Rep. Wendy McKamey, R-Ulm, says a bill she’s sponsoring would close a loophole in state law regarding who is subject to the Montana Code of Ethics — and who has enforcement authority when ethics laws are violated.
During a House State Administration Committee hearing Wednesday morning, McKamey said House Bill 97 adds specificity and inclusivity to current law by clearly outlining that members of local boards and commissions are subject to oversight from the Commissioner of Political Practices.
Current law states that legislators, state officers and state employees are subject to investigation by the Commissioner of Political Practices. The changes proposed by House Bill 97 would add to that list members of local and state boards and commissions, as well as quasi-judicial bodies and committees with rule-making authority.
The bill stems from a 2018 case in which Commissioner of Political Practices Jeff Mangan censured the Montana Board of Regents. Mangan found that the regents violated the code of ethics by politicking for the passage of a six-mill levy to support higher education funding. He issued a $3,000 fine, saying the board had inappropriately used government property and time in its efforts to encourage the mill levy’s passage.
Regent Martha Sheehy, a Billings attorney, challenged Mangan’s decision, first in a state district court and then in the Montana Supreme Court. Last year, Montana Supreme Court justices sided with Sheehy, saying the Commissioner of Political Practices has enforcement authority over legislators, state officers and state employees, but not the Board of Regents and other public employees. The court also said the Board of Regents is subject to the state code of ethics, but is not subject to enforcement by the Commissioner of Political Practices.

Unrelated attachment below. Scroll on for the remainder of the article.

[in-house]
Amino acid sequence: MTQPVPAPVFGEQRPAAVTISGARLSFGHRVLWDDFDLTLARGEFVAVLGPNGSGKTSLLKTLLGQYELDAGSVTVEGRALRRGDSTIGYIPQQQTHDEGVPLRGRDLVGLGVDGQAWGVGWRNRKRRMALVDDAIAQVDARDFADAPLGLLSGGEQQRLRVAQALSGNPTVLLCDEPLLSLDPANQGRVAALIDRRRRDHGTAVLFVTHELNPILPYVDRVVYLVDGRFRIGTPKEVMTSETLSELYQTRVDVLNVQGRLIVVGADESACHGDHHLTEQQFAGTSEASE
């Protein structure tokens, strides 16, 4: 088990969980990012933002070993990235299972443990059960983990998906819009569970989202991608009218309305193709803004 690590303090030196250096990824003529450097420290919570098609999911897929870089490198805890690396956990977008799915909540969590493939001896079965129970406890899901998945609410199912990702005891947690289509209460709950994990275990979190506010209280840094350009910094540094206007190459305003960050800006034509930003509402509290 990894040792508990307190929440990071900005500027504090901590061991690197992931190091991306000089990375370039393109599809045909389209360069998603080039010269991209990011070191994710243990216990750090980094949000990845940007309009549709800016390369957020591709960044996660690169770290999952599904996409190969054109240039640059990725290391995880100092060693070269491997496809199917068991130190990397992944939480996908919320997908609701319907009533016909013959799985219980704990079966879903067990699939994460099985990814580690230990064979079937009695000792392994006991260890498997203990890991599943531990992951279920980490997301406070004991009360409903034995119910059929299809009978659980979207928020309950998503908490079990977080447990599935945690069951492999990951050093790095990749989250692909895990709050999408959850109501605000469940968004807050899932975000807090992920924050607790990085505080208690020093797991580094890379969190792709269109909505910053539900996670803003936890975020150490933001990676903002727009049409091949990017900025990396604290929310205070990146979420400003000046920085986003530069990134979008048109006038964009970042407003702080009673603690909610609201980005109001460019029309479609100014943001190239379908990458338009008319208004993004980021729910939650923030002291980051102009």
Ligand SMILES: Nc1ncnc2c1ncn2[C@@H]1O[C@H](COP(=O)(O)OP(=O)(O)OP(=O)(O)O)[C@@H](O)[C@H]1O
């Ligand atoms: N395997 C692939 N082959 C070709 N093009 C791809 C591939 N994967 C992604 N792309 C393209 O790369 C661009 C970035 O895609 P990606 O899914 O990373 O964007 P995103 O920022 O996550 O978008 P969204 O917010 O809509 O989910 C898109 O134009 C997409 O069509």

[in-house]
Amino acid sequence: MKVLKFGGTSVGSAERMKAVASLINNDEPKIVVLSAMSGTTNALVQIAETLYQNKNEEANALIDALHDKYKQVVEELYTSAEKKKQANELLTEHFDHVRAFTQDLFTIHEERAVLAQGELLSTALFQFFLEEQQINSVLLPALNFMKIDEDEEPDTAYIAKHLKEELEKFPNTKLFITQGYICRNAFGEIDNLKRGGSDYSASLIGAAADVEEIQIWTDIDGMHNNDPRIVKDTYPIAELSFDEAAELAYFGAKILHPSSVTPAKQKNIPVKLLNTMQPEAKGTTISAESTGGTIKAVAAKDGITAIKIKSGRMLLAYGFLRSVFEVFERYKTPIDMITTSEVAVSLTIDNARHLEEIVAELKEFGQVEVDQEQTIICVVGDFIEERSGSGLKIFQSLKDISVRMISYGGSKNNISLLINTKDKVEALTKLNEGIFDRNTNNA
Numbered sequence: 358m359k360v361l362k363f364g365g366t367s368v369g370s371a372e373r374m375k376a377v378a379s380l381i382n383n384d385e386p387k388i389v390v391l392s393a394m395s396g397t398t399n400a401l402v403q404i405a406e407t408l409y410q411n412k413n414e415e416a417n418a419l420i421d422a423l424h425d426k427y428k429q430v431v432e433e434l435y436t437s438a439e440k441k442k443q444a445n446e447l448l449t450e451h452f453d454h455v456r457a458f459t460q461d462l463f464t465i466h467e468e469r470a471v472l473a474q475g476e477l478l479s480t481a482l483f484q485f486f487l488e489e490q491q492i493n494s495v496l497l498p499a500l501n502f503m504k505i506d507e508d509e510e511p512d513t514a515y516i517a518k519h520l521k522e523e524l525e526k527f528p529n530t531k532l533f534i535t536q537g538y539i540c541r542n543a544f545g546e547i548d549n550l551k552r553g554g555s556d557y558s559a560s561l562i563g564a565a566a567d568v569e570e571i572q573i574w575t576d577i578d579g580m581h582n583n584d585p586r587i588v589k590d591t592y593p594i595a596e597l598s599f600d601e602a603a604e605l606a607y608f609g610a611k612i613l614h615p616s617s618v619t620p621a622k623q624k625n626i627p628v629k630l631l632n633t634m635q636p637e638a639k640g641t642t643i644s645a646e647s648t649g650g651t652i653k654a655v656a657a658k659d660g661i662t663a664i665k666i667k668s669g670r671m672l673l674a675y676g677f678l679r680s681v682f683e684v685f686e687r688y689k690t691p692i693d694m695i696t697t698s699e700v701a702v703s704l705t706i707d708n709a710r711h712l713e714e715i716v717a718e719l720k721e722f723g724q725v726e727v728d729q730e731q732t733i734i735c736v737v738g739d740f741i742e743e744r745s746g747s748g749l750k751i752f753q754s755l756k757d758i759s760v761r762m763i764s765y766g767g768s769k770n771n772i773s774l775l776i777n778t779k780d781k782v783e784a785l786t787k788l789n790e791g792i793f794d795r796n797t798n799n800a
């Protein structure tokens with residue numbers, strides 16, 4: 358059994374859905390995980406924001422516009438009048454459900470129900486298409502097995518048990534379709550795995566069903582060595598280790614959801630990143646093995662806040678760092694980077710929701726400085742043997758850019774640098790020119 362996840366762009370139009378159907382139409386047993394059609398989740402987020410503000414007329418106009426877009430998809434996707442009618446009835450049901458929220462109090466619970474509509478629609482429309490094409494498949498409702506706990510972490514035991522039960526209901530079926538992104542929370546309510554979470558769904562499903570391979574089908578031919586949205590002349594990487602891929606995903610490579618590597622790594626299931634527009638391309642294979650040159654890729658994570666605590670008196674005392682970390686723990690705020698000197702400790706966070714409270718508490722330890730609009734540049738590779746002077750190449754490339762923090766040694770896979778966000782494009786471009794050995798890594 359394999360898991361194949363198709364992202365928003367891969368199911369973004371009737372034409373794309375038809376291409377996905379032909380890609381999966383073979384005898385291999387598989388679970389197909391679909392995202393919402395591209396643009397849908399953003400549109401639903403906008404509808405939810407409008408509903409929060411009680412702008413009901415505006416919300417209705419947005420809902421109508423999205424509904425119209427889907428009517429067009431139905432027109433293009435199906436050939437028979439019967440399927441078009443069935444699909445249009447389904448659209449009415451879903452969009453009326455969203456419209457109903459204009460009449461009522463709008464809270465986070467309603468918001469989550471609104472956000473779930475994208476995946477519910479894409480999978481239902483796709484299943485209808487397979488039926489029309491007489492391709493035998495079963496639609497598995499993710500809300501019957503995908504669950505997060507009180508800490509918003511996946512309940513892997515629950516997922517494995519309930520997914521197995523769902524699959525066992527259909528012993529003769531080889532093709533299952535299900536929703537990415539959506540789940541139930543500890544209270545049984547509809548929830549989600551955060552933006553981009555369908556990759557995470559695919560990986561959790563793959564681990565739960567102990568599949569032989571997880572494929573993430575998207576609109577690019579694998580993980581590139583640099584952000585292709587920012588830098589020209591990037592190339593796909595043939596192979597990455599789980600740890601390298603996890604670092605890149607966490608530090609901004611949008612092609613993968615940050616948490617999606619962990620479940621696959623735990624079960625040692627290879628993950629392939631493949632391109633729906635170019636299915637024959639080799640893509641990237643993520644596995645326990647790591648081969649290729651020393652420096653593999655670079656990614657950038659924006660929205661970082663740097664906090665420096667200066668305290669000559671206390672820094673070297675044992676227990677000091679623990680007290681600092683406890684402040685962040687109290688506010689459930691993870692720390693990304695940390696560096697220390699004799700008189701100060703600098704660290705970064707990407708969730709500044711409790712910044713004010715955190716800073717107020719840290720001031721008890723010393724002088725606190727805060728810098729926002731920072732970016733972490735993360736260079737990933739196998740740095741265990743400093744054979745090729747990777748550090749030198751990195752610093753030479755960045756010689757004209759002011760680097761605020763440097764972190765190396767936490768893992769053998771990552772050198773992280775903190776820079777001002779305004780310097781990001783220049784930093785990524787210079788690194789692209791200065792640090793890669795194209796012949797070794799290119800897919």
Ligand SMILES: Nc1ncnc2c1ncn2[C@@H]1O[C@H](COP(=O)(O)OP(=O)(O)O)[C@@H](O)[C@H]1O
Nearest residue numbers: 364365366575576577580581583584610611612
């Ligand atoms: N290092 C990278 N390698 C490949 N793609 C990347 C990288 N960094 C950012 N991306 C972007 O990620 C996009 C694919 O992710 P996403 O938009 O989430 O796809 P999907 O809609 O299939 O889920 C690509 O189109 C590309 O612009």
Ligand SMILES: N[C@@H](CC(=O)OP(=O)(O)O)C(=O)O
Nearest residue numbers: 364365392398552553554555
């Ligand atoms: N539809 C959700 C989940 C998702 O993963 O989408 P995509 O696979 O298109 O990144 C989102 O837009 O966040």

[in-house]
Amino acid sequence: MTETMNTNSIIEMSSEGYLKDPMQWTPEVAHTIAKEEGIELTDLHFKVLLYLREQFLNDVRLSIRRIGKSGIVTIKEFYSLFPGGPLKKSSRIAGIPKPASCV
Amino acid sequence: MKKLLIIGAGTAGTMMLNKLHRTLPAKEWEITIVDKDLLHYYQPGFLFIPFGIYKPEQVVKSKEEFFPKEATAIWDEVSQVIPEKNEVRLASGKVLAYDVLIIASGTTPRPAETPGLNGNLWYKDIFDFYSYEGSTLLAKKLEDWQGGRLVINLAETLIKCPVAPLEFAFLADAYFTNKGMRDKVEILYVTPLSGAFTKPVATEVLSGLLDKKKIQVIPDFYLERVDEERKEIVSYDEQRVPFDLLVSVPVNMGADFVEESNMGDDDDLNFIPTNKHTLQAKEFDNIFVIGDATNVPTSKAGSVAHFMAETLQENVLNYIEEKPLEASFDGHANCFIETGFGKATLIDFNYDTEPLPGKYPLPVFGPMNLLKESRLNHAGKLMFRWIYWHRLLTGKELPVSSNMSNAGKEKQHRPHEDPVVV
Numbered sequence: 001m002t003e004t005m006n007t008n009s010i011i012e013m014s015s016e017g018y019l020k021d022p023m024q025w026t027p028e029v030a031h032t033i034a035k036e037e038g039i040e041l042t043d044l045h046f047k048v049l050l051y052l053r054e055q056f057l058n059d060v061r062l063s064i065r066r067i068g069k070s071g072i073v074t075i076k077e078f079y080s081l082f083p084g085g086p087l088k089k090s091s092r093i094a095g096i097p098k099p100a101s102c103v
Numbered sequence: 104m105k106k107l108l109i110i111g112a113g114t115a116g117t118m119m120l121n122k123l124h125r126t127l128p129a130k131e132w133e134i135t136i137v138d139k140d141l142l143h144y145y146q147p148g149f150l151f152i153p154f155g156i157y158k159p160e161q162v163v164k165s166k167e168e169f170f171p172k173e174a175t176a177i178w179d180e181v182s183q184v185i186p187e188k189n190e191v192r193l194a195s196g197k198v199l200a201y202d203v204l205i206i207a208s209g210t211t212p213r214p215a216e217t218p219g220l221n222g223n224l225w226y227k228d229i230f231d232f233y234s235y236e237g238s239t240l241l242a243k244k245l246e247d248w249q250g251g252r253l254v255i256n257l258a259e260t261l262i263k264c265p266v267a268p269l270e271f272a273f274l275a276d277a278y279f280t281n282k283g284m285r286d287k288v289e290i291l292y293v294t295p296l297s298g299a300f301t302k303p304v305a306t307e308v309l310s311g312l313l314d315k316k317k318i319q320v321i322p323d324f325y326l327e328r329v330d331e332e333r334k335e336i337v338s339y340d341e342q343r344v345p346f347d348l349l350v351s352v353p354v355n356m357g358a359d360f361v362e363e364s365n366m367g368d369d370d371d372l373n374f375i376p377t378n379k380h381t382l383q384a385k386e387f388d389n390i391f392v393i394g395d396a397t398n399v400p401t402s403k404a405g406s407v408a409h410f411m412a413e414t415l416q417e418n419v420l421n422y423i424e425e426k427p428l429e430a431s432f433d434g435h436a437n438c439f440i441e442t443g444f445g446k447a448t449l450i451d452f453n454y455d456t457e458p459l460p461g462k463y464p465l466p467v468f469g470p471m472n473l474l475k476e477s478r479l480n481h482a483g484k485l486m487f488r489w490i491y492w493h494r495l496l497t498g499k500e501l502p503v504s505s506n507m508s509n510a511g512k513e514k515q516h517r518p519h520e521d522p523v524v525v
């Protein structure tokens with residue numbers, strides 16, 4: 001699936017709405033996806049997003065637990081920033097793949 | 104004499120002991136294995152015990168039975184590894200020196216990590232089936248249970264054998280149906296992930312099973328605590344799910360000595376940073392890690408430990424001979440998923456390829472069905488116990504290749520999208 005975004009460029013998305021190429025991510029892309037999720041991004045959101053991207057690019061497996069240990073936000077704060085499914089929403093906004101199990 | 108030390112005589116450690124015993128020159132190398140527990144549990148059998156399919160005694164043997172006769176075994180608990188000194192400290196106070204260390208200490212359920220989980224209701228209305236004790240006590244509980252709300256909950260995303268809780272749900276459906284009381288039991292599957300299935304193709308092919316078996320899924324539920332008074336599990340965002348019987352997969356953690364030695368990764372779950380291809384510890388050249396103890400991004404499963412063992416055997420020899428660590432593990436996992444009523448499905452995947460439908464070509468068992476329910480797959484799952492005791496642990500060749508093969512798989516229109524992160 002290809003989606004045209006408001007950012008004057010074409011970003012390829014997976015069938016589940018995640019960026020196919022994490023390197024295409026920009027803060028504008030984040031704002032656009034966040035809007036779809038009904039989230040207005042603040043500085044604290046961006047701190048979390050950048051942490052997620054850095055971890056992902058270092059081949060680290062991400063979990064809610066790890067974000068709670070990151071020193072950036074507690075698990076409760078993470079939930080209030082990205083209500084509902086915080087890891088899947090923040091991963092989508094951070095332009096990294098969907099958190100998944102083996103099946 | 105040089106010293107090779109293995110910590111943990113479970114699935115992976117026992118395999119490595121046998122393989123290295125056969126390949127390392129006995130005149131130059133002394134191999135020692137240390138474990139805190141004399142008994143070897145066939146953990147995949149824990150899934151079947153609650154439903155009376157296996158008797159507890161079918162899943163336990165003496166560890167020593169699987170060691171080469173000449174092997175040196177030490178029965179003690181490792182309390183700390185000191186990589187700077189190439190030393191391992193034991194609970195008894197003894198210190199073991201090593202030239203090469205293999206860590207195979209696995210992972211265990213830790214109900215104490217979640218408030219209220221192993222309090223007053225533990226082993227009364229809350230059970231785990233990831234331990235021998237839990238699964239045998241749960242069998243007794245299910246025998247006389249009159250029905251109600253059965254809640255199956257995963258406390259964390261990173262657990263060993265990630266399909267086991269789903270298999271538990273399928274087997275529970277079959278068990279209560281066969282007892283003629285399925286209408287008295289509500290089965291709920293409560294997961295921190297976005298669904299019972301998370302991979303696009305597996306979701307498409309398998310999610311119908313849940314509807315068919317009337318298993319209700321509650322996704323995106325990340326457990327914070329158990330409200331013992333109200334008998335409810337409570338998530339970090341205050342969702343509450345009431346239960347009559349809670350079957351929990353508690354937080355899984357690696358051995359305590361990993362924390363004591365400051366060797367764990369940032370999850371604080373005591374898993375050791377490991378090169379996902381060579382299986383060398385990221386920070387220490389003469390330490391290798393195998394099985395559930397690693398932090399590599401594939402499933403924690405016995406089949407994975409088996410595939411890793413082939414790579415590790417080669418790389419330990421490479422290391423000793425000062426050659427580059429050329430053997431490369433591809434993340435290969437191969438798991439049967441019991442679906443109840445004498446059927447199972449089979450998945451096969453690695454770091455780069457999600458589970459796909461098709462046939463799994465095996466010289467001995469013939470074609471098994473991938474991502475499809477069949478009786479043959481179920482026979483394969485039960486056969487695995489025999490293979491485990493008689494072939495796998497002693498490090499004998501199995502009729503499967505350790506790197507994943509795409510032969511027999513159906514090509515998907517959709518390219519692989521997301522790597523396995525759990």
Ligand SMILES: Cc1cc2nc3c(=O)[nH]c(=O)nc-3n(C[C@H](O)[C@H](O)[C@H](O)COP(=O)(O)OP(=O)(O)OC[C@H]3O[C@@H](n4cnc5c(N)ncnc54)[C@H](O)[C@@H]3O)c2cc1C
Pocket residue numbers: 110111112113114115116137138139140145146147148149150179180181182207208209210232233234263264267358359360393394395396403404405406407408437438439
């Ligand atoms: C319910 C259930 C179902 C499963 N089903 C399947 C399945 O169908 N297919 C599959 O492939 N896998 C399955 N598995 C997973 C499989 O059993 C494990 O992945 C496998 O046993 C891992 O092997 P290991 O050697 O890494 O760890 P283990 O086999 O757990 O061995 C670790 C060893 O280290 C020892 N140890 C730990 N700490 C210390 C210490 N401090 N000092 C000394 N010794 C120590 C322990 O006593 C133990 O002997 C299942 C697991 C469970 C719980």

Speaking during the House State Administration Committee’s hearing on the bill, Mangan said his office has been operating under the assumption that it has the authority to enforce the code of ethics on boards and commissions, and this bill would codify that authority. He added that there’s one case his office would like to adjudicate that it currently can’t, based on the state Supreme Court’s ruling.
“This bill simply provides that language so it’s crystal clear who has authority when it comes to enforcement of the Montana Code of Ethics,” Mangan said.
No executive action on the bill was taken during Wednesday’s hearing. If it passes out of the House State Administration Committee, it will go before the full House for a vote.
County commissioners say they believe state law requires them to collect at a lower rate than Gov. Greg Gianforte’s Department of Revenue has directed. At stake is $80 million.
Rebates of up to $675 on 2022 property taxes were authorized by this year’s Legislature, but homeowners must file with the Department of Revenue by Oct. 2.
For the first time since 2019, congressional gridlock is poised to at least temporarily shut down big parts of the federal government — including many health programs. Here are five things to know about the potential impact to health programs.